RIO DE JANEIRO (Reuters) - The chattering line of Brazilians, many straining under the weight of their duty-free bags, stretched back hundreds of feet after a recent Monday night flight from Buenos Aires to Rio de Janeiro.
Backed by a booming economy, record job creation and a strong currency, Brazilian consumers are taking wing as they go on a spending spree from street markets in the Argentine capital to shopping malls in Florida and Chile’s ski slopes.
The consumption power of Brazil’s burgeoning middle class already has helped make the Latin American giant one of the world’s few engines of growth, propelling its economy at a 9 percent annual pace in the first three months of 2010.
Frenzied shopping is the norm for Brazilian tourists abroad, who face some of the world’s highest prices at home thanks to heavy import taxes.
These days their clout is being felt in foreign climes, helped by better access to credit and deals that allow travelers to pay in 10 or more installments.
“They’re buying everything in this mall,” laughed 54-year-old Brazilian Gilvania Venancio as she watched about 20 of her relatives roam through shops in Buenos Aires last weekend, buying everything from leather jackets to perfumes.
Brazilian tourists spent $8.6 billion abroad in the first seven months of 2010, a 56 percent rise on the year before, according to central bank figures released last month.
The record $1.5 billion they spent abroad in July contributed heavily to a near tripling of Brazil’s current account deficit from a year ago to $4.5 billion. That makes them part of a brewing headache for the country’s policymakers, because the widening of the deficit tends to raise vulnerability to foreign capital flows that fund the gap.
For an idea of where the money is flowing, visit the huge Aventura shopping mall in Miami. The mall, one of the biggest in the United States with about 24 million shoppers a year, saw a 30 percent rise in the number of Brazilian visitors in the first seven months of this year.
“When I leave the office they’ll be four buses (of Brazilians) leaving in front of me,” said Crystal Rouhani, the mall’s tourism director.
“We have a great mix of other major markets but this year especially Brazil has been in full force.”
So much so that Rouhani now plans on making two trips a year to Brazil to meet tour operators, up from one before.
Each Brazilian spends an average of more than $850 on a visit to the Aventura mall, four times more than Americans.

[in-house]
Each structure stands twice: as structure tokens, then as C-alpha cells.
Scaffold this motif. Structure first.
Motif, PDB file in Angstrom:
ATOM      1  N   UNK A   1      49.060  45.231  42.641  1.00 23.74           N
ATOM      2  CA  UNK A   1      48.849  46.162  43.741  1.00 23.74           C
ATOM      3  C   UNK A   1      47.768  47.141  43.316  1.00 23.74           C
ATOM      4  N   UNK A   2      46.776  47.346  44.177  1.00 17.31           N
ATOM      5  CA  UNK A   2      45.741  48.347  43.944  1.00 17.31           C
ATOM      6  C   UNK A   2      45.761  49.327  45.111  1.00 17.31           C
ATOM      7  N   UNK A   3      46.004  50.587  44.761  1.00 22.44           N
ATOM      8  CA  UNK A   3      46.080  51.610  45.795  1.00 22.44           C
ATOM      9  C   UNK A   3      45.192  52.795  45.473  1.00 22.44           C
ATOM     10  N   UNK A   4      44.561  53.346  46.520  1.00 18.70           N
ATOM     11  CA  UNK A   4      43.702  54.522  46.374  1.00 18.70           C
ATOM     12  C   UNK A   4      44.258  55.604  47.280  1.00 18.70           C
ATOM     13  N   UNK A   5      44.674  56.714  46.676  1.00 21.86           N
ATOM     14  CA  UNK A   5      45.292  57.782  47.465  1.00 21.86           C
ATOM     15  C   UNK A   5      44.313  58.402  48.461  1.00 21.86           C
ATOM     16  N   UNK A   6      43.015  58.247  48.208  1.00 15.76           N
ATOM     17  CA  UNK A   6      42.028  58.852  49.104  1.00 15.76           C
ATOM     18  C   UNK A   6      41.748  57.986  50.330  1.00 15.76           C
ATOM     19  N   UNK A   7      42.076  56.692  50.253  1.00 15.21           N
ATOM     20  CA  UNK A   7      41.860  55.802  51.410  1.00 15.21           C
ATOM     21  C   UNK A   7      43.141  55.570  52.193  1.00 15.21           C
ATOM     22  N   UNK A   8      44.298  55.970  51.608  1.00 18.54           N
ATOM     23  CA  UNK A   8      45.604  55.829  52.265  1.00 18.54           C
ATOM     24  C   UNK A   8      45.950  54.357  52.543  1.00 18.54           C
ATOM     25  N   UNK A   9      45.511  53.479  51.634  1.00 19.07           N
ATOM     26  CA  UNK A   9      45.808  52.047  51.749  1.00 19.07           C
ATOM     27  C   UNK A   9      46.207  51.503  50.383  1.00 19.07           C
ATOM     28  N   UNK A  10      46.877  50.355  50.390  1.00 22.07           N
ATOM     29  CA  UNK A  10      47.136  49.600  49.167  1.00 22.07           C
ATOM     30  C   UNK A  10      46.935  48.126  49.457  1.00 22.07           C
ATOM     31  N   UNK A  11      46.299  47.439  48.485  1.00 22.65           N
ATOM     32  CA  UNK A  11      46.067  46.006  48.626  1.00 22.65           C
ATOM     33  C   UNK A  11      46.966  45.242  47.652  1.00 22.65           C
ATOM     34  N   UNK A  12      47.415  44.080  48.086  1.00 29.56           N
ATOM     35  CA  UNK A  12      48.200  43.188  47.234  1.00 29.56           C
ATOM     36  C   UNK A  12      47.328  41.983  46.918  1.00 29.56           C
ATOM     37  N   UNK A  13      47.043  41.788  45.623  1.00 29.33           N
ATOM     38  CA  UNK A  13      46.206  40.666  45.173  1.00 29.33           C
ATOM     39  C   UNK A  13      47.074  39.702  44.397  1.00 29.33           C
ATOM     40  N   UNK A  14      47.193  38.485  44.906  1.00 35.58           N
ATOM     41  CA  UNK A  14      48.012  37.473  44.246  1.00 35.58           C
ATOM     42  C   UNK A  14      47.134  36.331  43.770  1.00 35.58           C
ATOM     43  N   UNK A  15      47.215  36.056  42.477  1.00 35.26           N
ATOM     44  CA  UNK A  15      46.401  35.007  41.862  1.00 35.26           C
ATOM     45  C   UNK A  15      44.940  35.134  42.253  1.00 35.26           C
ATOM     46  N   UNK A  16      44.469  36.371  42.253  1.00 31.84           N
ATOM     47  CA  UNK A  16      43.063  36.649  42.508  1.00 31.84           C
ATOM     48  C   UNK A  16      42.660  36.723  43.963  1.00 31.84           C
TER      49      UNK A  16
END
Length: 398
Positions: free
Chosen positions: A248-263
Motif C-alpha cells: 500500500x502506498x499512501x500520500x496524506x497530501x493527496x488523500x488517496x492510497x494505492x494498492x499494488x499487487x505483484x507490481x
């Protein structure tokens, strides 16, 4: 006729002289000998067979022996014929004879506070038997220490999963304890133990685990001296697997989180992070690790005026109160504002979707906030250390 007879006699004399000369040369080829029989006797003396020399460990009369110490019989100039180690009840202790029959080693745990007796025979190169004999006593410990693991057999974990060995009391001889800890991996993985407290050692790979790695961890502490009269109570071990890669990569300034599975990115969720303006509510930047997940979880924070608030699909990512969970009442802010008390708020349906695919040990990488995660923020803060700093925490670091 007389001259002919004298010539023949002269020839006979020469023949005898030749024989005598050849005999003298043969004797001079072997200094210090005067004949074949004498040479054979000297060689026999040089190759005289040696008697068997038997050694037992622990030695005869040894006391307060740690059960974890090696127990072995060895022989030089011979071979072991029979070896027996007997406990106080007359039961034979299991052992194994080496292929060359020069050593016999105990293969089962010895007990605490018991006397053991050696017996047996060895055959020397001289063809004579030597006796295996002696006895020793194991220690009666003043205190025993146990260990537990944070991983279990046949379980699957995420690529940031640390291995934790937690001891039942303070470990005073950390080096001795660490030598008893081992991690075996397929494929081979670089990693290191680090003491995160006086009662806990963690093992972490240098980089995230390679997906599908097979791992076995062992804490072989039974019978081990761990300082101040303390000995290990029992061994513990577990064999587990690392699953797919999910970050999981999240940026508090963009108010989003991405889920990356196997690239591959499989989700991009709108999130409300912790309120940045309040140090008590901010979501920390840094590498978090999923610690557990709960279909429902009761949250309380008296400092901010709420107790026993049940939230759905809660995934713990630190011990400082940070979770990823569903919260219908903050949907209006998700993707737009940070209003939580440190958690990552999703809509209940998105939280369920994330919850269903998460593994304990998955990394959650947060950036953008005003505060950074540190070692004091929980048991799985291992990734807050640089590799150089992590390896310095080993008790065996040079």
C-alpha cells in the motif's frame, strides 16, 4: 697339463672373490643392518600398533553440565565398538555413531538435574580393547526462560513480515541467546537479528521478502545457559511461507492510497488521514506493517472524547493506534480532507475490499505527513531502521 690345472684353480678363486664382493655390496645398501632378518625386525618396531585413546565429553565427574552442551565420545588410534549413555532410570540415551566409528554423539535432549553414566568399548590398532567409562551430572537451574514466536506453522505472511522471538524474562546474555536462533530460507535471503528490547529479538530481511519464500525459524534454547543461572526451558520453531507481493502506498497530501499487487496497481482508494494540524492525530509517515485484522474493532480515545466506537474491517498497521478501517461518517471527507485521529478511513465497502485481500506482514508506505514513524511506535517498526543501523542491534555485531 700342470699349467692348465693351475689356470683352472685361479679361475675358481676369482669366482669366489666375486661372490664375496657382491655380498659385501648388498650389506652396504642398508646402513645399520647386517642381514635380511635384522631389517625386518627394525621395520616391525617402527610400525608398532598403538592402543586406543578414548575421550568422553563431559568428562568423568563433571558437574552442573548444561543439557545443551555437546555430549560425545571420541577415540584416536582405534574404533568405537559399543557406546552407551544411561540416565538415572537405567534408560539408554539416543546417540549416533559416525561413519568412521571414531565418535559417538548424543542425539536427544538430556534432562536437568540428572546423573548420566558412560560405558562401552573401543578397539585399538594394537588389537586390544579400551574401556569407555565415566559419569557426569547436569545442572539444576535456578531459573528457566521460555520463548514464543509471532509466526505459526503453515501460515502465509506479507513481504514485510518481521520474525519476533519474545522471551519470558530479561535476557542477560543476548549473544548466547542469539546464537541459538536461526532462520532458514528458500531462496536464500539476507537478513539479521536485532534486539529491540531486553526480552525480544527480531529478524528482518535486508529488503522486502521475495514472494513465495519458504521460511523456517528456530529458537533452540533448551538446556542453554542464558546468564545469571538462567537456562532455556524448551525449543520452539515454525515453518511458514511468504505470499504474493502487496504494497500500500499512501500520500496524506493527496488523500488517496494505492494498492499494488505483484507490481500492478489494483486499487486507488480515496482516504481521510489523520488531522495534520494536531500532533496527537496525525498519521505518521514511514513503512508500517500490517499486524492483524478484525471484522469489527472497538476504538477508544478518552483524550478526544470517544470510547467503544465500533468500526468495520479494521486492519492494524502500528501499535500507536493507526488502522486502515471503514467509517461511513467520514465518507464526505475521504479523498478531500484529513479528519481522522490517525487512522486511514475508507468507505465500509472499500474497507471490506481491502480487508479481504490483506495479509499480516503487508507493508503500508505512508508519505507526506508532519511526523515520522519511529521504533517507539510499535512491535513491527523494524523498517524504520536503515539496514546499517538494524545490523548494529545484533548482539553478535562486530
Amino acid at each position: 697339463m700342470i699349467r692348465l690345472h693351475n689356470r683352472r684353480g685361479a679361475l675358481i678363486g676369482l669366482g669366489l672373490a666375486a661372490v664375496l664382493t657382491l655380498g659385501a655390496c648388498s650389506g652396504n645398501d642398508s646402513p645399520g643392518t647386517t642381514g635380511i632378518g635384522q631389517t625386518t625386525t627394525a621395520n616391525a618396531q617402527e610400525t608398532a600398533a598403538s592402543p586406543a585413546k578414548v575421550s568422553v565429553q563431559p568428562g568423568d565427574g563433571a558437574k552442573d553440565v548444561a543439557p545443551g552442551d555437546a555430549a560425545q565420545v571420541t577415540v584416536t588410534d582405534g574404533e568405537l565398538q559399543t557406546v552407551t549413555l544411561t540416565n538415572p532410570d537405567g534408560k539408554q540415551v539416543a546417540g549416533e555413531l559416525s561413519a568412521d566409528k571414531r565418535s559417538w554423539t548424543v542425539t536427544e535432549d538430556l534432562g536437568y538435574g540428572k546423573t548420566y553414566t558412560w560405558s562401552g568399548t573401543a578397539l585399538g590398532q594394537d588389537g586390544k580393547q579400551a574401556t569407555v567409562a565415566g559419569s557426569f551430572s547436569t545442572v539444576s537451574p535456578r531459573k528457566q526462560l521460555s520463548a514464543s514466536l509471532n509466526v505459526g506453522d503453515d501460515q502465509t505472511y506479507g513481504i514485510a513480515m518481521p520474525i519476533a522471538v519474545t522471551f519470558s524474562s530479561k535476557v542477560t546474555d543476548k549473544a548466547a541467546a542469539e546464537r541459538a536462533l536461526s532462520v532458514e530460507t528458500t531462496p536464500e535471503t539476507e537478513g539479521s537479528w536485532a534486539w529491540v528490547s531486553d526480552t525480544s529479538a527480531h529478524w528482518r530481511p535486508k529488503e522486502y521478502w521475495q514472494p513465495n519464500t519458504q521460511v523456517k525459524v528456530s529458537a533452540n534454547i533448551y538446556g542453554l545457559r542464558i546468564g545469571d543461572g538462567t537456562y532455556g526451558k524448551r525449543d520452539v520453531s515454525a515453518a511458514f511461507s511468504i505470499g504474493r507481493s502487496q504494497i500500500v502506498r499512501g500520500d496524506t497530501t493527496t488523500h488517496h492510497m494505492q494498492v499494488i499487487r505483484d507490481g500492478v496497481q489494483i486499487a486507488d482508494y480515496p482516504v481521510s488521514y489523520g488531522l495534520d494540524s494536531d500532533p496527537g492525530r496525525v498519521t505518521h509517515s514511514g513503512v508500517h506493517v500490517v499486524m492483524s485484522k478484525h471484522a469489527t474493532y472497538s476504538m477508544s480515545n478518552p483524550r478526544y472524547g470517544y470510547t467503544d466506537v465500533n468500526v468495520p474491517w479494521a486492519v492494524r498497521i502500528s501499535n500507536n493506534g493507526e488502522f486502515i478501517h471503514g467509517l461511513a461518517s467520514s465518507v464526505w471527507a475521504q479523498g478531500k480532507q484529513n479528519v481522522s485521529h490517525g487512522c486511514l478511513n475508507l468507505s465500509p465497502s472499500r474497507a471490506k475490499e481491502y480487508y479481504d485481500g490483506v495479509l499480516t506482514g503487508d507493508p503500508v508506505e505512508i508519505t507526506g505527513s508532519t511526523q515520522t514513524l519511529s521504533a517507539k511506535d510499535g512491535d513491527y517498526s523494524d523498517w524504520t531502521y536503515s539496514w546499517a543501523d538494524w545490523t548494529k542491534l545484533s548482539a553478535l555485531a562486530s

Brazilian visitors to Florida surged 29 percent last year to 712,000 and their spending jumped 36 percent, even as overall visitors to the U.S. Sunshine State dipped 1 percent, according to the Visit Florida travel marketing agency. They overtook Britons as the second-biggest visitors to Florida in the first quarter of this year and spent more than double.
Brazilian tour firm CVC, which sends 300 Brazilians to Buenos Aires every day, says many of its customers are making their first foray abroad. Demand for its World for Brazilians packages, which include a guide and interpreter for groups, has nearly tripled this year.
Income rises and credit access have swollen the middle of Brazil’s “social pyramid,” allowing about 23 million people to enter the tourism market, said Carlos Alberto Amorim Ferreira, president of the Brazilian Association of Travel Agencies.
“Most people start off by taking trips inside Brazil and then take an adventure in other countries,” he said.
In Buenos Aires, about three hours’ flight from Sao Paulo or Rio, many stores eagerly accept payment in Brazilian reais and restaurants provide menus in Portuguese. Brazilians’ language competes with Spanish for the attention of shopkeepers at the huge Sunday street market in historic San Telmo.
“There are so many Brazilians in Argentina,” said 26-year-old Genesio Junior Oliveira, the son of Venancio, who was making his first trip to Argentina and was on course to spend about 11,500 pesos ($2,900) on goods including a new watch that day.
“We come for the proximity and the low prices. It’s so cheap here.”
Additional reporting by Luis Andres Henao in Buenos Aires; Editing by Bill Trott